A proposed deal that could threaten increased privatisation of schools and the NHS will blow apart the power of democratic decision-making, the leader of the Green Party has said, as protests are expected to erupt over the EU-US trade deal.
Natalie Bennett said: "The Transatlantic Trade and Investment Partnership (TTIP) is a huge threat to hard-fought-for standards for the quality and safety of our food, the sources of our energy, workers' rights, and our privacy".
Protests will be held across the country today against a 'secret' trade deal between the EU and the US that could threaten jobs and public services.
Hundreds of people are expected to march in London, Edinburgh, Brighton, Manchester, Cardiff, Nottingham and other areas.
Those opposed to it say the proposed deal, known as the Transatlantic Trade and Investment Partnership (TTIP), threatens increased privatisation of schools and the NHS, would cut food and environmental rules, and cost jobs.
Nick Dearden, director of the World Development Movement, said: "The deal would hand multinational companies unprecedented powers over life in this country."
Jean-Claude Juncker has insisted he will not try and block British efforts to regain powers from Brussels despite David Cameron's failed bid to prevent him becoming European Commission president.
Mr Juncker said any proposals from Westminster would be "taken under consideration" and stressed that he wants the UK to stay in the EU, the Daily Telegraph reports, citing a leaked recording.
He reportedly told MEPs at a Brussels meeting: "I would like Britain to stay as an active constructive member of the European Union. If Britain puts forward a proposal it will be taken under consideration.
"I don't want the EU without Britain. Britain is an essential element of policy making in Europe because the British are a common sense and down to earth people."
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An ITV News/ComRes poll has found that the proportion of Britons that would vote for the UK to stay in the EU has fallen by four percentage points.
The figure has dropped to 36 per cent following the row over Jean-Claude Juncker’s appointment as President of the European Council last week.
If a referendum was to be held, 43 per cent of people would vote for Britain to leave the EU.
And 34 per cent believe membership of the EU is a “good” thing for the country, a fall of three per cent, while 44 per cent say it is a “bad” thing.
David Cameron is set to be grilled by MPs in the Commons later over his failed bid to stop Jean-Claude Juncker being chosen as the next president of the European Commission.
The Prime Minister has faced criticism of his negotiating tactics after he proved unable to block Mr Juncker's nomination to the crucial post on Friday.
Tories have insisted he is set to receive "amazing support" from his backbenchers over the position he took.
However, he is likely to get a rougher ride in the Commons from Labour, whose shadow chancellor Ed Balls has branded the failed negotiations a "catastrophe" for Britain.
Writing in The Daily Telegraph today, Cameron has insisted he can still secure reforms to Britain's relationship with Europe, saying: "I am ready to move on and keep fighting for Britain's interests in Europe."
David Cameron has admitted that his opposition to Jean-Claude Juncker becoming President of the European Commission has made renegotiating the UK's position in Europe more difficult.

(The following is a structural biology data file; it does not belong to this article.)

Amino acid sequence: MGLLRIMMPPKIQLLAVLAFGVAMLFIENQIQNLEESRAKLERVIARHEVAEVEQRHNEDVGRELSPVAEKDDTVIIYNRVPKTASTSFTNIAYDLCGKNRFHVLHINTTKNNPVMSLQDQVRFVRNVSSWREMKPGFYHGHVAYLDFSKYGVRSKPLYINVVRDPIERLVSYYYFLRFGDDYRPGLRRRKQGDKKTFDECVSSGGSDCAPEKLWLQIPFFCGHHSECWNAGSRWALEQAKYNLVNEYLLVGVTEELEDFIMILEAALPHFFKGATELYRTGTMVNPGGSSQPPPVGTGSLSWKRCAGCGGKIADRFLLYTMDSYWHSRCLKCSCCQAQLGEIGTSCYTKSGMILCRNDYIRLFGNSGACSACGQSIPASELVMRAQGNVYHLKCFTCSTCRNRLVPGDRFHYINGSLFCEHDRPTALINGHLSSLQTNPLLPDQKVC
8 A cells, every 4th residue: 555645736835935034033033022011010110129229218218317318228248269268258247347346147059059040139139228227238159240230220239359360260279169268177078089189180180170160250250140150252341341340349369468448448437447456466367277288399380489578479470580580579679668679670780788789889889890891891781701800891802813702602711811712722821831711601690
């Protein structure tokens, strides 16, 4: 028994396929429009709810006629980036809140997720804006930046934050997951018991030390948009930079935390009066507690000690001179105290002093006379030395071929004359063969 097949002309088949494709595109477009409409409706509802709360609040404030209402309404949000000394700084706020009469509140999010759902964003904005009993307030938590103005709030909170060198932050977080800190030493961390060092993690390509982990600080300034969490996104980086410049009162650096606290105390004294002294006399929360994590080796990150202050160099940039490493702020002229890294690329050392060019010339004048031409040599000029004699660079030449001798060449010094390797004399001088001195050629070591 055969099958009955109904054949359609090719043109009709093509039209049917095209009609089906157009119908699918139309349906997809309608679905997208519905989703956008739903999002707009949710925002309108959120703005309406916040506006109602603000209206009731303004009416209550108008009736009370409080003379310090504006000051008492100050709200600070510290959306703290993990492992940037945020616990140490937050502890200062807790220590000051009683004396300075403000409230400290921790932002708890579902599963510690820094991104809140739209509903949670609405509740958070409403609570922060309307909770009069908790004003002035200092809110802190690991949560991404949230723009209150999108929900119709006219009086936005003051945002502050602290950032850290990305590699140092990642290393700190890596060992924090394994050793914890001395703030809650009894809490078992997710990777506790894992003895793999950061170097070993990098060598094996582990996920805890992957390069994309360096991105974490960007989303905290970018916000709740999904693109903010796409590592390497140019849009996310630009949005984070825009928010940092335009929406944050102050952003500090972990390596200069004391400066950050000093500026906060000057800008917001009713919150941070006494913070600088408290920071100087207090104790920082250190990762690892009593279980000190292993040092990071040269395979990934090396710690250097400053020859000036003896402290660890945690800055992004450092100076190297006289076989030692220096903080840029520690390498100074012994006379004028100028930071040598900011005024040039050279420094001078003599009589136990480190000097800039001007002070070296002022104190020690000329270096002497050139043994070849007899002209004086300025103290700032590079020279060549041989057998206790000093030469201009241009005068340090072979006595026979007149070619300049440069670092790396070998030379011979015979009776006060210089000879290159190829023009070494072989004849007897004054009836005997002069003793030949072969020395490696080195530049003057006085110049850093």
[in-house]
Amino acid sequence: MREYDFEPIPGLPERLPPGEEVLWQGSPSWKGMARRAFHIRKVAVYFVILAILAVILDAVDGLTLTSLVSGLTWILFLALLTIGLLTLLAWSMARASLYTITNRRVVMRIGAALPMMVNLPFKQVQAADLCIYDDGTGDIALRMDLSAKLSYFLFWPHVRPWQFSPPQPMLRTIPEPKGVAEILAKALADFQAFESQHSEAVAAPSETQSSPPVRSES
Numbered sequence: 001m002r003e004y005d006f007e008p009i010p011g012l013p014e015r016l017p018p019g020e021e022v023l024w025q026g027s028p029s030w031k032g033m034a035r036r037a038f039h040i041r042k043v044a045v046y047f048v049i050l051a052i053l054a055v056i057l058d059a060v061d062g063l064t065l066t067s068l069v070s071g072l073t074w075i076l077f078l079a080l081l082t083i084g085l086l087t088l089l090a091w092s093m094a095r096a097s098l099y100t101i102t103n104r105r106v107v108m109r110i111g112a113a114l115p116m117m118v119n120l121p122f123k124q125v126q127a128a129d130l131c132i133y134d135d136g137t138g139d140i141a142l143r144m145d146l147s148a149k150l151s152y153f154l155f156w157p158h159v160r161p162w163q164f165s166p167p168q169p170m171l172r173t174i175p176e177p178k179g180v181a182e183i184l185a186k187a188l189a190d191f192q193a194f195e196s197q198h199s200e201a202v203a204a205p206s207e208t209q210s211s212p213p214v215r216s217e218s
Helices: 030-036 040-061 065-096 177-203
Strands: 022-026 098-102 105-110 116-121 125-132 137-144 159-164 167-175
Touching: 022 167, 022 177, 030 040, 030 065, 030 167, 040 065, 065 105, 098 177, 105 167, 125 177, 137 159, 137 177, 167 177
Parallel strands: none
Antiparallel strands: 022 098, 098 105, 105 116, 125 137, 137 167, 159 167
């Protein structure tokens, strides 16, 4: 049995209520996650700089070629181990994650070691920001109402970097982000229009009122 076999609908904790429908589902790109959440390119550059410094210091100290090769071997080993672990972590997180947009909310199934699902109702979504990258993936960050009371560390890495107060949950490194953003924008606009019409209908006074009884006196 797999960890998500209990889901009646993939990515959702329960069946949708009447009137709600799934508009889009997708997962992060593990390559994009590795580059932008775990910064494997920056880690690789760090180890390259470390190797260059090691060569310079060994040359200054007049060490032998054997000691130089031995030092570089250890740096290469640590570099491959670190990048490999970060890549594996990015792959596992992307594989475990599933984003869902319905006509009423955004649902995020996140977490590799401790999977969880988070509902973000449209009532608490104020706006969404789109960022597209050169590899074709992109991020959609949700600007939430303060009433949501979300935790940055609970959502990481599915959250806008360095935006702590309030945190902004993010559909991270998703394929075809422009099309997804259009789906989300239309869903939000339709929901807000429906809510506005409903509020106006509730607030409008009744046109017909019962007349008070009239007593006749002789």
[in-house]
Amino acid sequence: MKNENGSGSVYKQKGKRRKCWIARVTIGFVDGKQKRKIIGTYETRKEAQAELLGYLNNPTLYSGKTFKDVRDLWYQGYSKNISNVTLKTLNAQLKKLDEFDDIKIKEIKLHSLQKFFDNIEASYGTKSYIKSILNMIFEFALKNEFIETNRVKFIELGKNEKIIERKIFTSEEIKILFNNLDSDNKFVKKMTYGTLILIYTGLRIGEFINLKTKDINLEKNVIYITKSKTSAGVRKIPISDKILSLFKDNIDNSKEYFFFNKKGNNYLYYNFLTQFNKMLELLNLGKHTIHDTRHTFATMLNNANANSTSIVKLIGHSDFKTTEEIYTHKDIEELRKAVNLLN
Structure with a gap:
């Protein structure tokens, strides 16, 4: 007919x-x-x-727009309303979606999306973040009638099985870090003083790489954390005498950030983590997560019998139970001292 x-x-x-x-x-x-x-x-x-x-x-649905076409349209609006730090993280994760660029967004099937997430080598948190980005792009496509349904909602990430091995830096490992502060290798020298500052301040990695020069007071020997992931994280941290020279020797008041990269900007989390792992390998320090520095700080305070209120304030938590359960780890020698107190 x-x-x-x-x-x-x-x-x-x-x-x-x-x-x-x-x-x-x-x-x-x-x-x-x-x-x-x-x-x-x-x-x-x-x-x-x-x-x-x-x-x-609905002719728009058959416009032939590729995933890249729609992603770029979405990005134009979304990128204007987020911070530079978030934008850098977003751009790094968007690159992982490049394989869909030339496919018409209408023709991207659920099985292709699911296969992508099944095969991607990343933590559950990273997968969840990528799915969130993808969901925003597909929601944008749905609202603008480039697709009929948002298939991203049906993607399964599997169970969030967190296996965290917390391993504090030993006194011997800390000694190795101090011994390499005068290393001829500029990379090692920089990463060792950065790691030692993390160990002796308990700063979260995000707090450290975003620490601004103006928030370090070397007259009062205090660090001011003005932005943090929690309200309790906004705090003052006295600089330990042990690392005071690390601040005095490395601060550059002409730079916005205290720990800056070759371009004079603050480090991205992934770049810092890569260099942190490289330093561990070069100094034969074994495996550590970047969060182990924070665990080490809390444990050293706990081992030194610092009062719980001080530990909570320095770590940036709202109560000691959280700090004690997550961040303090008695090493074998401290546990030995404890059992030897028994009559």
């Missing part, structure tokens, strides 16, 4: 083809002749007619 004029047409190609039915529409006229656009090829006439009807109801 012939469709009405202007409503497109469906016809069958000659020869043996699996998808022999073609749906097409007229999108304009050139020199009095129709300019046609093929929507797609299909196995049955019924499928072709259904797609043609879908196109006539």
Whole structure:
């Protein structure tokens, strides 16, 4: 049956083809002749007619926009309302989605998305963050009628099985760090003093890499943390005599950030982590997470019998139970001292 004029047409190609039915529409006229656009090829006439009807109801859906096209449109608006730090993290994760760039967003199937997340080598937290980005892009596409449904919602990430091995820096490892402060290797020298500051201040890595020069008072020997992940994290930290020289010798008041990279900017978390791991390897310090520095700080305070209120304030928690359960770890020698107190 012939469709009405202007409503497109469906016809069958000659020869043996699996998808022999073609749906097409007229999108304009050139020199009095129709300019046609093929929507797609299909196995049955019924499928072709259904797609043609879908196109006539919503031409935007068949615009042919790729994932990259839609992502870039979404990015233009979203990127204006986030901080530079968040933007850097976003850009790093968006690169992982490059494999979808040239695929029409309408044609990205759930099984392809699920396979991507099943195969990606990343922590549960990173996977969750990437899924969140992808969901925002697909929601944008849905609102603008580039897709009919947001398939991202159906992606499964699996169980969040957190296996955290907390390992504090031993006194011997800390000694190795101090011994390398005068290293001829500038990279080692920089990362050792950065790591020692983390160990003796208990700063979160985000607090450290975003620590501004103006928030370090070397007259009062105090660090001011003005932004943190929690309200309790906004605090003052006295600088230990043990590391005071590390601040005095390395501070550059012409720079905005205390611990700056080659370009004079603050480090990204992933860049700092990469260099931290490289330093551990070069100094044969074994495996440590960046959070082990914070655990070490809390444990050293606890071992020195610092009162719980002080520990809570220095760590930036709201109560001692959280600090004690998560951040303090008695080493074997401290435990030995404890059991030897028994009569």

"I do not deny that it has made the task harder and the stakes higher," the Prime Minister writes in today's Daily Telegraph.
However he insisted the Government would not be deterred from trying to reform the EU.
"When we encounter setbacks, we don’t throw in the towel: we redouble our resolve. The task of reforming Europe and securing Britain’s place in a reformed Europe was always going to be a long and tough campaign," Mr Cameron argues.
"You don’t turn around a tanker like the EU with ease; this will be tough, and we’ve always known that," he added.
David Cameron has insisted he can "do business" with the new President of the European Commission, despite having vigorously opposed his appointment.
Writing in the Daily Telegraph, the Prime Minister admitted he was "isolated" over the decision to instal Jean-Claude Juncker at the head of the EU's executive branch, but insisted he was "right" to take a strong stance on the issue.
At the same time, Mr Cameron stressed he was now "ready to move on and keep fighting for Britain’s interests in Europe".
He remained clear that his government was strongly opposed to being involved in further EU integration, saying: "If...we can agree that we are not heading, at different speeds, to the same place – as some have assumed up to now – then there is business we can do".
Despite campaigning against him, David Cameron called Jean-Claude Juncker today to congratulate him on securing the nomination to be the next president of the European Commission, Downing Street said.
A spokesman for Number 10 said: "The Prime Minister called the Commission President-designate, Jean-Claude Juncker, this afternoon. The Prime Minister congratulated Mr Juncker on running a successful campaign and securing the Council nomination."
They added: "They discussed how they would work together to make the EU more competitive and more flexible. The PM welcomed Mr Juncker's commitment of finding a fair deal for Britain and Mr Juncker said that he was fully committed to finding solutions for the political concerns of the UK."
Juncker, the former Luxembourg premier told the Prime Minister he was "fully committed" to finding a solution to British concerns about the European Union and they discussed "how they would work together" to boost competitiveness, they said.